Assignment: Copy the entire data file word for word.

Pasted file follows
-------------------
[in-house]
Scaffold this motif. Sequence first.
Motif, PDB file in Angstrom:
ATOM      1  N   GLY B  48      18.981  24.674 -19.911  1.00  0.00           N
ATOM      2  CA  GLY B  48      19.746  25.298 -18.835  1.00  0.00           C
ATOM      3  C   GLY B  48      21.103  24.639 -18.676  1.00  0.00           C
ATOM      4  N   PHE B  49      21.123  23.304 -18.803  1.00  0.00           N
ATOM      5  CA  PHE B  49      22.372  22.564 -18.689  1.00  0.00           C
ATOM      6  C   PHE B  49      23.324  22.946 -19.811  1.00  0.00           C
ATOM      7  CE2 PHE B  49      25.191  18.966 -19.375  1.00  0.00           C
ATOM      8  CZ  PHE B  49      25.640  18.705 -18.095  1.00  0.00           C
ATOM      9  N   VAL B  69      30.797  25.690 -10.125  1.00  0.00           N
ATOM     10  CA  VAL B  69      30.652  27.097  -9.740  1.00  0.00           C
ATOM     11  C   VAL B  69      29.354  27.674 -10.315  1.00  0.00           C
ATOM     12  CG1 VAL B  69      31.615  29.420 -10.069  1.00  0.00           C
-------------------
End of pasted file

[in-house]
Scaffold this motif. Sequence first.
Motif, PDB file in Angstrom:
ATOM      1  N   GLY B  48      18.981  24.674 -19.911  1.00  0.00           N
ATOM      2  CA  GLY B  48      19.746  25.298 -18.835  1.00  0.00           C
ATOM      3  C   GLY B  48      21.103  24.639 -18.676  1.00  0.00           C
ATOM      4  N   PHE B  49      21.123  23.304 -18.803  1.00  0.00           N
ATOM      5  CA  PHE B  49      22.372  22.564 -18.689  1.00  0.00           C
ATOM      6  C   PHE B  49      23.324  22.946 -19.811  1.00  0.00           C
ATOM      7  CE2 PHE B  49      25.191  18.966 -19.375  1.00  0.00           C
ATOM      8  CZ  PHE B  49      25.640  18.705 -18.095  1.00  0.00           C
ATOM      9  N   VAL B  69      30.797  25.690 -10.125  1.00  0.00           N
ATOM     10  CA  VAL B  69      30.652  27.097  -9.740  1.00  0.00           C
ATOM     11  C   VAL B  69      29.354  27.674 -10.315  1.00  0.00           C
ATOM     12  CG1 VAL B  69      31.615  29.420 -10.069  1.00  0.00           C